Oil prices fell on Thursday, pulled down by record U.S. crude production that led to a surge in stockpiles.
Outside the United States, however, oil markets remained tense as exemptions to U.S. sanctions on Iran expired, a political crisis in Venezuela escalates, and as producer club OPEC keeps withholding supply.
Spot Brent crude oil futures were at $71.81 per barrel at 0655 GMT, 35 cents, or 0.5 percent, below their last close.
U.S. West Texas Intermediate (WTI) crude futures were down 27 cents, or 0.4 percent, at $63.33 per barrel.
“Crude oil prices fell sharply as stockpiles in the U.S. rose to their highest level since 2017,” ANZ bank said on Thursday.
“This comes as U.S. refineries head into the spring maintenance period, stoking fears that crude oil demand will be soft and stockpiles will continue to rise,” it added.
U.S. crude stockpiles last week rose to their highest since September 2017, jumping by 9.9 million barrels to 470.6 barrels, as production set a record high of 12.3 million barrels per day (bpd), while refining rates fell, the Energy Information Administration (EIA) said on Wednesday.
Outside the United States, however, oil markets remained tight amid the political crisis in Venezuela, tighter U.S. sanctions against Iran that allow no more exemptions from May, and as the Organization of the Petroleum Exporting Countries (OPEC) continues to withhold supply in order to prop up prices.
Oman’s energy minister Mohammed bin Hamad al-Rumhy said on Wednesday it was OPEC’s goal to extend the cuts, which were started in January, when they next meet in June.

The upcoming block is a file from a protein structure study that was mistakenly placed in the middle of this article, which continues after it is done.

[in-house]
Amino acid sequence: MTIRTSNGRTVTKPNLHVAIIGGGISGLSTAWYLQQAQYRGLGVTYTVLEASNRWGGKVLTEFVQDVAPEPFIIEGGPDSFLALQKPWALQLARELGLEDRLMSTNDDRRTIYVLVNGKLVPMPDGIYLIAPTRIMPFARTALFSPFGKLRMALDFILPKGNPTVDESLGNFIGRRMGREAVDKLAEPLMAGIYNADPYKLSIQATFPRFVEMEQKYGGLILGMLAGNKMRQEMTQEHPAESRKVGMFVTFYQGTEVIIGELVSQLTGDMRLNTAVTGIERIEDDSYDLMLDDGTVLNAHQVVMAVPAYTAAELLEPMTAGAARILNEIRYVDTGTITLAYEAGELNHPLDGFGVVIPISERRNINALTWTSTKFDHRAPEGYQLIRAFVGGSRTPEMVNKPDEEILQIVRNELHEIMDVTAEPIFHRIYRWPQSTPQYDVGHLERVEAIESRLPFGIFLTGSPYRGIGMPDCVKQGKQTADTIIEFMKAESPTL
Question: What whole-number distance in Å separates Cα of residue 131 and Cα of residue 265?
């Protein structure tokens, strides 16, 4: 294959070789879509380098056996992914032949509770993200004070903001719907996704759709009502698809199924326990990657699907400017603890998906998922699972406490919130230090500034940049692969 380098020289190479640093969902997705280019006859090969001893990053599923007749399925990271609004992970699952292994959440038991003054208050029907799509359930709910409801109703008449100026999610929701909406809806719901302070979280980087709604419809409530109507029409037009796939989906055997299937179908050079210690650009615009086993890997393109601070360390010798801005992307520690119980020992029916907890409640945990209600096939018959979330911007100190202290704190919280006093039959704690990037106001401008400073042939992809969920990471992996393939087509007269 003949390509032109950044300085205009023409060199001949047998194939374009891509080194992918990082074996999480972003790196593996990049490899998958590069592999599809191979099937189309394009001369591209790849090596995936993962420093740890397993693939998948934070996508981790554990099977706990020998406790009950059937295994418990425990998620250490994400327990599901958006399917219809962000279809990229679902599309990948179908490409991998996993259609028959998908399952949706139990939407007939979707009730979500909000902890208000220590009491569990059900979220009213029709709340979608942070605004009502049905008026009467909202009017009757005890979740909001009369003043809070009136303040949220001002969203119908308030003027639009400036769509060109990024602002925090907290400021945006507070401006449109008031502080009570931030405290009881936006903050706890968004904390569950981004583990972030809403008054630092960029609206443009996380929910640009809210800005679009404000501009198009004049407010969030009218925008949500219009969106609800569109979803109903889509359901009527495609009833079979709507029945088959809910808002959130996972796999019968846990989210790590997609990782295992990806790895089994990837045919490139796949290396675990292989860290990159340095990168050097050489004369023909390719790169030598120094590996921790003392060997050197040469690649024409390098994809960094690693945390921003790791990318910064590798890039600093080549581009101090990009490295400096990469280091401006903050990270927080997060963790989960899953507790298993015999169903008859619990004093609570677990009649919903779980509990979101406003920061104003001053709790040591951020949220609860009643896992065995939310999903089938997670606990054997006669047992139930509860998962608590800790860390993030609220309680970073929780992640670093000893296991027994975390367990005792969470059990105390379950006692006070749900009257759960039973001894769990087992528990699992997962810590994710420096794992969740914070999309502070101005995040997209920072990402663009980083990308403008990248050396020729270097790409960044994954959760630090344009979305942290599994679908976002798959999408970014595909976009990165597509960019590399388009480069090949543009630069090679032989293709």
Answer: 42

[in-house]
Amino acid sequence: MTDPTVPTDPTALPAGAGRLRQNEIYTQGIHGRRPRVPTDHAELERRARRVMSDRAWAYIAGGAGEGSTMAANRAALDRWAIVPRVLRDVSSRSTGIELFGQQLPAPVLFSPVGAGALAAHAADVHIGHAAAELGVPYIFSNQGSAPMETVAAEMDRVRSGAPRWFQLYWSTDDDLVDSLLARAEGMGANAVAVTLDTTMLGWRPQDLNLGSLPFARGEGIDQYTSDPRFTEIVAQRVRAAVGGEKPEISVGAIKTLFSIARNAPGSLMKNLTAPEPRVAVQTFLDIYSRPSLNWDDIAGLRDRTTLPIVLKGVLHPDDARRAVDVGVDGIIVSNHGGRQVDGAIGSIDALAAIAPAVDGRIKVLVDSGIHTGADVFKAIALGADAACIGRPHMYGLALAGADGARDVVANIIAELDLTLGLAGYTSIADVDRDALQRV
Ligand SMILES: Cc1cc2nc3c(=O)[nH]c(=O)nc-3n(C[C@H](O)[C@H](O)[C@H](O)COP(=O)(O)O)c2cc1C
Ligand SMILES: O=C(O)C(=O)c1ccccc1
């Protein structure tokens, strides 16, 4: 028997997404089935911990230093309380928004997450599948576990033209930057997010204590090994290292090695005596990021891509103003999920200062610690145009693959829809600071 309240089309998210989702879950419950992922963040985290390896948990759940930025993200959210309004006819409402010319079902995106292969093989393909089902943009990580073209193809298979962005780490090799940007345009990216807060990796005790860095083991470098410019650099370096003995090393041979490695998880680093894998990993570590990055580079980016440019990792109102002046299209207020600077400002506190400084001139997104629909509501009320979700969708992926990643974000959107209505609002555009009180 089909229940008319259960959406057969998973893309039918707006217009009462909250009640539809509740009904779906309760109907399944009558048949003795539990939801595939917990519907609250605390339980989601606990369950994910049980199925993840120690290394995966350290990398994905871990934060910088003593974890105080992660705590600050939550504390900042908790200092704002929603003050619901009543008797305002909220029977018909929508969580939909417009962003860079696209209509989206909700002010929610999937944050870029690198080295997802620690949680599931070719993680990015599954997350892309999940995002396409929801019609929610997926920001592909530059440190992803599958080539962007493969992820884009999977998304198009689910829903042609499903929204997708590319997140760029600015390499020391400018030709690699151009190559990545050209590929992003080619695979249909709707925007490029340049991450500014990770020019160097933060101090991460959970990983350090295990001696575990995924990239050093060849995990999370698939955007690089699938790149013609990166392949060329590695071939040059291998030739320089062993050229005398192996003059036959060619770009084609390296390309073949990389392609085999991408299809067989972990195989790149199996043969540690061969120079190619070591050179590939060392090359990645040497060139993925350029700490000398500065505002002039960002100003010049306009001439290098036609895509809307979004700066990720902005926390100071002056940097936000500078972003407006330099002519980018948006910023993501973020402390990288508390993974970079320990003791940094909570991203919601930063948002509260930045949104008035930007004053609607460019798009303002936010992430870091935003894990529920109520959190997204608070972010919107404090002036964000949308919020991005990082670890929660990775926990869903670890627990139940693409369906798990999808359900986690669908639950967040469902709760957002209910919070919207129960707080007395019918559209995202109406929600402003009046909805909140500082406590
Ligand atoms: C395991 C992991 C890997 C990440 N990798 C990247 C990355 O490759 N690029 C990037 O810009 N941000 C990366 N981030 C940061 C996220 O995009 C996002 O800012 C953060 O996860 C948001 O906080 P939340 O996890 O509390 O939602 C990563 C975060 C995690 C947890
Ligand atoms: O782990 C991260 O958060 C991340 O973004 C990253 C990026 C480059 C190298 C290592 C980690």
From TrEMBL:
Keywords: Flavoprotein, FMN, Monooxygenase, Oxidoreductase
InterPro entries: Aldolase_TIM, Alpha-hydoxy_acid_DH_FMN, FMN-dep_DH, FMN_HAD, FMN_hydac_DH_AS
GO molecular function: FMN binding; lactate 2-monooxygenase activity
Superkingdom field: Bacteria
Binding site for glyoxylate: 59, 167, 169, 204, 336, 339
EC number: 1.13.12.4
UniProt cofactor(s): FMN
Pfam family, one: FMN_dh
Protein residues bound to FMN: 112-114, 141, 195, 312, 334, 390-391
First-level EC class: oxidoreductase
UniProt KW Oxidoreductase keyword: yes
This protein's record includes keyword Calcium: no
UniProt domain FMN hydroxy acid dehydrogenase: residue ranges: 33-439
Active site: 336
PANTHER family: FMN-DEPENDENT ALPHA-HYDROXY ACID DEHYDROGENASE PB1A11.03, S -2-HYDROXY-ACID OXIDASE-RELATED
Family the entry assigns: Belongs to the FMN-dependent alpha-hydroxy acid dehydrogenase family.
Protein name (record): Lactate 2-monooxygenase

Despite the desire of many OPEC members to keep withholding supply to prop up the market, the group may be forced into action.
“The Venezuelan situation will likely loom large in OPEC deliberations as ministers weigh how many additional barrels may be needed to fill an expanding supply gap that is being driven by geopolitics as opposed to geology,” Canadian bank RBC Capital Markets said.
Beyond Venezuela, analysts at Fitch Solutions also warned of risks to supply from Libya, where a civil war is threatening to cut oil fields off from markets.
“The risks here are not inconsiderable, in light of rising instability in a number of key producers, notably Libya and Venezuela,” Fitch Solutions said.
For producers, the tight market conditions mean higher profits.
Analysts at Bernstein Energy said current price levels reflected the average marginal cost for most listed oil producers.
“We have surveyed the 50 largest listed oil and gas companies globally … Based on 2018 annual reports we estimate that the global marginal cost of oil remained stable at $71 per barrel,” Bernstein said in a note on Thursday.
“This is on line with current spot prices but higher than the long-term oil forward strip price of $61 per barrel,” the note said.
“With oil prices rising more than costs, industry margins increased by more than 200 percent in 2018,” Bernstein said, resulting in industry profitability “at the highest in the last 5 years.”